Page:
Today, Adobe announced updates to the Lightroom ecosystem, including GPU-accelerated editing in Lightroom Classic and Camera Raw, providing a smoother and more responsive experience. Finally! (And hopefully) the update we’ve been waiting for since long before the Creative Cloud subscription service came into play. If this works as well as i’m hoping, I’ll officially stop complaining as much as I have been! (trust me, anyone who has to work in close proximity knows my woes with LR processing speeds).
In Adobe’s official August Photography Update the details say they’ve focused on “Performance and improving your workflow” adding several minor improvements and additions listed below. At the time of this write up and release, we’ve not been able to get hands on directly with the application so we can’t confirm these improvements yet, but believe me, I’ll be downloading and running tests on this as soon as it’s available and will update accordingly! I’ll time a random batch edit and export tonight to compare it to the updated version once it’s live.
This update is supposed to enhance your workflow by finally taking advantage or GPU acceleration, allowing Lightroom to leverage your video cards while editing, giving you a “smoother and more responsive experience.” According to the blog post, the performance enhancements will be most noticeable if you’re using…Read more
Adobe’s Lightroom, long dogged by complaints it’s grown sluggish at editing and organizing photos, got a performance boost Tuesday by tapping into the processing power of the graphics chip in Windows and Mac computers.
The August release of Lightroom Classic should speed up editing and make the software more responsive in general, said Josh Haftel, principal product manager at Adobe, in a blog post. The benefits will be more pronounced on high-resolution monitors and with fast graphics chips, he said, but didn’t quantify the improvement.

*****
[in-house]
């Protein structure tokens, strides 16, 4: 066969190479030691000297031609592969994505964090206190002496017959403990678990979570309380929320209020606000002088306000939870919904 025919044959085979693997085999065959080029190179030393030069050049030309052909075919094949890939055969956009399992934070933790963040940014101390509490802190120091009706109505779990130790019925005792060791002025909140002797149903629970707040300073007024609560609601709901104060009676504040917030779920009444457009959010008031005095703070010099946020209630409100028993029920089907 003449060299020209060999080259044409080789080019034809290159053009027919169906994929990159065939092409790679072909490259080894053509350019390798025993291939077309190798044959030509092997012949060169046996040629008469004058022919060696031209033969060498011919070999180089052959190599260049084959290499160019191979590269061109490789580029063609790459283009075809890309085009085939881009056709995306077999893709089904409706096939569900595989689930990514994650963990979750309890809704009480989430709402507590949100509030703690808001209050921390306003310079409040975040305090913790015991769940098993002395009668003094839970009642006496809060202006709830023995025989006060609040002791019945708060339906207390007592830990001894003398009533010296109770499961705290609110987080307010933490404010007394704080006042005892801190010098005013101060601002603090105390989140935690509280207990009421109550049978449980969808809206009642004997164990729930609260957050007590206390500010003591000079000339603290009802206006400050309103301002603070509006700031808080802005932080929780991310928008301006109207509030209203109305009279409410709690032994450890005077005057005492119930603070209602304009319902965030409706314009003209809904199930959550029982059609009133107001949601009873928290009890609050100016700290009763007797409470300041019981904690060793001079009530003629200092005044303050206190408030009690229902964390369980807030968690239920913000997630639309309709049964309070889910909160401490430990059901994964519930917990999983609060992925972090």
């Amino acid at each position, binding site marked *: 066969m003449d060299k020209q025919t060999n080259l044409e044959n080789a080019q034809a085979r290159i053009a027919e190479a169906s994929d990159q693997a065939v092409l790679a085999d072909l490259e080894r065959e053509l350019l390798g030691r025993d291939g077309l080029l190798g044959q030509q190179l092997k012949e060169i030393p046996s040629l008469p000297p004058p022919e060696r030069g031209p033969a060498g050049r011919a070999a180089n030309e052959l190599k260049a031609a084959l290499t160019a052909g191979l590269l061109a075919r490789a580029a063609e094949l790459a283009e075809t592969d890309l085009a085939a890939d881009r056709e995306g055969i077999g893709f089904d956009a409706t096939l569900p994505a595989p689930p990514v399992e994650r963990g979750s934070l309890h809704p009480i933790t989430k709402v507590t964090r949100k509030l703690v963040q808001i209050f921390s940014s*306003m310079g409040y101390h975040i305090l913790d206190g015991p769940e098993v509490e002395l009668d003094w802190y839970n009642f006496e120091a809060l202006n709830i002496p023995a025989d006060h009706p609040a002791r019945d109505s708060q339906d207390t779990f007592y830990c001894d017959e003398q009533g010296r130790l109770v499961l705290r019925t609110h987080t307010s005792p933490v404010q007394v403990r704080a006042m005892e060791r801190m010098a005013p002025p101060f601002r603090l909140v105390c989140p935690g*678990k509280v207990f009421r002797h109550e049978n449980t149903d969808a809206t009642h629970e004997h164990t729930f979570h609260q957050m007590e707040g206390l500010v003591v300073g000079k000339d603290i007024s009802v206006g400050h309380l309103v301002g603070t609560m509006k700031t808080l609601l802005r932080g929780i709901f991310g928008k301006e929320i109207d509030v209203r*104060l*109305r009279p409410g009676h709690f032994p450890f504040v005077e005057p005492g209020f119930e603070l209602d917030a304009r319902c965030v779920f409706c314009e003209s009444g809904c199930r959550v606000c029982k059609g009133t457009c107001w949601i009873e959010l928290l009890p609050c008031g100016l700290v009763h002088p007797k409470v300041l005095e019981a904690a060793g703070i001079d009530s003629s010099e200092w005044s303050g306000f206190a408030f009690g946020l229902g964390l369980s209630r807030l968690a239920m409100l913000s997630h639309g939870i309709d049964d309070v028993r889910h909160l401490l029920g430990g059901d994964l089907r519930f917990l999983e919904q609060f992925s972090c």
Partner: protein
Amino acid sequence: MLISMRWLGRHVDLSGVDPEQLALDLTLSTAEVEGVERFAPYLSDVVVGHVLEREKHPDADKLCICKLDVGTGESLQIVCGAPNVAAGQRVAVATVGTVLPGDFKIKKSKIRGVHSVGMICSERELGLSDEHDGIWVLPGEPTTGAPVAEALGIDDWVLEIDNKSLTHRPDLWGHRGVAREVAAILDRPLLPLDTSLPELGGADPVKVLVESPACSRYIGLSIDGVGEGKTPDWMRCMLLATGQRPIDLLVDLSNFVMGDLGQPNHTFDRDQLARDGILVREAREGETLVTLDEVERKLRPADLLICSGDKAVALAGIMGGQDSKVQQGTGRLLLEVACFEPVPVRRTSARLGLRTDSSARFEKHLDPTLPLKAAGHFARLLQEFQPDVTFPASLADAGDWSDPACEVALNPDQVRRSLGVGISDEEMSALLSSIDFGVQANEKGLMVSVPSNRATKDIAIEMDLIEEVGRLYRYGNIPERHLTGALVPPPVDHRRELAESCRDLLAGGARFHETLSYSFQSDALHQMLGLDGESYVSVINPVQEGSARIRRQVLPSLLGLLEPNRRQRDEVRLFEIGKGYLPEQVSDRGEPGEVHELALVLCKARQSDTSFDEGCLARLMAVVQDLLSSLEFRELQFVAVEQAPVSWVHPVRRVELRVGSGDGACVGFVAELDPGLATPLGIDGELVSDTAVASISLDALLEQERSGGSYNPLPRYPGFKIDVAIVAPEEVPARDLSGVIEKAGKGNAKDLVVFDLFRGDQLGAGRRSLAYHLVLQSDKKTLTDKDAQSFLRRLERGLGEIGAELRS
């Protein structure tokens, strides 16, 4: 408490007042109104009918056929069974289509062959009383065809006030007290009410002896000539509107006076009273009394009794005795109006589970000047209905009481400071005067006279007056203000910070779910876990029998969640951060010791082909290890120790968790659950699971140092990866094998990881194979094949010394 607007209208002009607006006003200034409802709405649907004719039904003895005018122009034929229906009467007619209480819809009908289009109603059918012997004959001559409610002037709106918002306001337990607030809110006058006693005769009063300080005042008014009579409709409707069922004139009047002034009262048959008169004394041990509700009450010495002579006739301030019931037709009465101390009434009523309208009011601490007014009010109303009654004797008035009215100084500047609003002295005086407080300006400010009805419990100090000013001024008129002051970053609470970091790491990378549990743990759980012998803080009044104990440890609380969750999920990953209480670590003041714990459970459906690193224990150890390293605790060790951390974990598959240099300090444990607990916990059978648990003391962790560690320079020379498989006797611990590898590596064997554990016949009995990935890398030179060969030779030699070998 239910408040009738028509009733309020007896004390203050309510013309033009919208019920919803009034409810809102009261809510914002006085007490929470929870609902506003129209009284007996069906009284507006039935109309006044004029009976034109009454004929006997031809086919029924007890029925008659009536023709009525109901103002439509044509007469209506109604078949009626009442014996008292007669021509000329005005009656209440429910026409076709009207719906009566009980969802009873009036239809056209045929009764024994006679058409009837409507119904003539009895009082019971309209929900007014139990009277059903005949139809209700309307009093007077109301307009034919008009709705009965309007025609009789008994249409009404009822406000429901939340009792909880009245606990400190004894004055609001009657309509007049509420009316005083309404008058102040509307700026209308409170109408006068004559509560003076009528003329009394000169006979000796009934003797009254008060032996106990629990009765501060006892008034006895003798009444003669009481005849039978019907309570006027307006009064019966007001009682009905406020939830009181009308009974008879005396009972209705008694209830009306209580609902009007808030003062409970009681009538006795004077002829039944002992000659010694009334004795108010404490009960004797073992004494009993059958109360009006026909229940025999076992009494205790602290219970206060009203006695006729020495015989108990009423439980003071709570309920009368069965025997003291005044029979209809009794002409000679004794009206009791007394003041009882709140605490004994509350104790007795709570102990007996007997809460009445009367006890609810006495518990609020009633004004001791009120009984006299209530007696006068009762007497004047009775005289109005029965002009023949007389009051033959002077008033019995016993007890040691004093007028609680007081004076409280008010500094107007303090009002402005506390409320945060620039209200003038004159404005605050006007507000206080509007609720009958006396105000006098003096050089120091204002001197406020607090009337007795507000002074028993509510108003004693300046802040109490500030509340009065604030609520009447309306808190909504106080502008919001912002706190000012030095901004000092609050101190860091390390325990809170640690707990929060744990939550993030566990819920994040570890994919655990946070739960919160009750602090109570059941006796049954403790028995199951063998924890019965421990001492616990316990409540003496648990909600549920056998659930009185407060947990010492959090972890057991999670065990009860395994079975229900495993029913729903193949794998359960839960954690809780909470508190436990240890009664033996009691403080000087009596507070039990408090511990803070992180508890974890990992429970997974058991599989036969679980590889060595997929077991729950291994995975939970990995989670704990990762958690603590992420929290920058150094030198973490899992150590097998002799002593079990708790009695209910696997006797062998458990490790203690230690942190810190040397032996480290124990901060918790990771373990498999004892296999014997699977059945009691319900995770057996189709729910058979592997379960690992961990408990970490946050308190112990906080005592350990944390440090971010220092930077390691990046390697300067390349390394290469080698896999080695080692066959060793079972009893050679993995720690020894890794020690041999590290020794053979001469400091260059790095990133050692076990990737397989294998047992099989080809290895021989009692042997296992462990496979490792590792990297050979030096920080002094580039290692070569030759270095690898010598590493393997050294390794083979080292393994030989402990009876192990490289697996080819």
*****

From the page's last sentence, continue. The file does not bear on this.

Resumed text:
Lightroom can handle common photo formats like JPEG, but it’s best suited for people who tap into higher-end cameras’ ability to shoot in raw photo formats. Those preserve more details, color and dynamic range, but require you to put in some work making them into a presentable, shareable form. And it’s a lot of work for computers to handle those raw photos, too, so performance boosts are crucial.
Lightroom had used the GPU earlier, so what’s new this time? Here’s what Haftel told me:
The most recent improvements to GPU acceleration are targeted at improving the performance while editing. That means the improvements will be seen while moving the editing sliders. We’re working on improving the GPU acceleration for rendering images, such as on export. No timeline can be shared at this time.
He also said Adobe is working to bring more GPU acceleration to other versions of Lightroom besides Classic. For details on using it, check Adobe’s instructions on enabling Lightroom GPU acceleration.
Adobe has several Lightroom incarnations: the full-featured Lightroom Classic, which is the renamed version of the original software for Macs and Windows machines; Lightroom, which also works on PCs, relies on cloud-based photo storage and lacks some Classic features; the related Lightroom for the web; and mobile versions for Android and iOS phones and tablets….Read more
If there’s one thing most Lightroom users agree about, it’s that the program could use a speed boost. In its latest announcement, Adobe introduces GPU-accelerated editing in Lightroom Classic and Camera Raw. It should make the editing process smoother and make the programs faster and more responsive.
Adobe announced the upcoming improvements on its blog. There are several new features coming in the latest update, but the GPU-accelerated editing is certainly the most interesting one. Adobe writes that this feature lets Lightroom Classic and Adobe Camera Raw provide a “smoother and more responsive experience.”
As I mentioned, there are a few other improvements to Lightroom ecosystem. They allow you to:
Adobe today announced numerous new features for Lightroom Classic, Camera Raw, Lightroom for Mac and Windows, Lightroom for iOS, and Lightroom for Android.
Here’s a brief overview of what’s new:
Improvements to Lightroom Classic & ACR
● GPU Accelerated Editing (Lightroom Classic and Camera Raw)